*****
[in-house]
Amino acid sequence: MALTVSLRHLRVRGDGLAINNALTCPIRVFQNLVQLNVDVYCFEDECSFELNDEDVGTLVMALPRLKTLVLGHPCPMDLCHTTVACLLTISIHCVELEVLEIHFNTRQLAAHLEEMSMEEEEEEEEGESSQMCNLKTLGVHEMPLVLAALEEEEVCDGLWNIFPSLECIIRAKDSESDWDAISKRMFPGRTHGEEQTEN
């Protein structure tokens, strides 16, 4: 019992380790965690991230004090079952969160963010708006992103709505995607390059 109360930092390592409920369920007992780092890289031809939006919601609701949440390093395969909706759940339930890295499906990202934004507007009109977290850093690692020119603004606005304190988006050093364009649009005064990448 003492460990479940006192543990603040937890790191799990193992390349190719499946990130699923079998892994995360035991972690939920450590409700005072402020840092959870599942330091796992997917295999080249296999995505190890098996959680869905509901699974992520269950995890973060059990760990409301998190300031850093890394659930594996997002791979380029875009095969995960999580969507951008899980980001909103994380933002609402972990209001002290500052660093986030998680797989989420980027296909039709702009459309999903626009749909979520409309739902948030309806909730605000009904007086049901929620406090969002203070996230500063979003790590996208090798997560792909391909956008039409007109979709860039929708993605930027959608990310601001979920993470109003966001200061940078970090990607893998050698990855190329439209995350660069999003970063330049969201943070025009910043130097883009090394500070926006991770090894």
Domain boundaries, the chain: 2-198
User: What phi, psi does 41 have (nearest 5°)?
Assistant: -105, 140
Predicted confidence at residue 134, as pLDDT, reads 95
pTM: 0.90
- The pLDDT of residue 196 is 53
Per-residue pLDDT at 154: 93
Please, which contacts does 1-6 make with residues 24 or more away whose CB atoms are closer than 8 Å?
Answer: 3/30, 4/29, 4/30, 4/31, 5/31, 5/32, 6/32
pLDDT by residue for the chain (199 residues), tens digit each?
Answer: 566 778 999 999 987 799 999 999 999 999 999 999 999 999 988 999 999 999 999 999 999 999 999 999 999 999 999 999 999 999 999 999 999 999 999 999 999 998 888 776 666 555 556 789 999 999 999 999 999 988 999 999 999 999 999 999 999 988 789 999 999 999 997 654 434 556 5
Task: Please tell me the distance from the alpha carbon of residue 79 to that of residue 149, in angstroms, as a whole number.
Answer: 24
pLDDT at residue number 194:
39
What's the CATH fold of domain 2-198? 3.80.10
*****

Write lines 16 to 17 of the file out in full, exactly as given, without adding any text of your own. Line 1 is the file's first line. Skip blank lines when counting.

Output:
Answer: 24
pLDDT at residue number 194: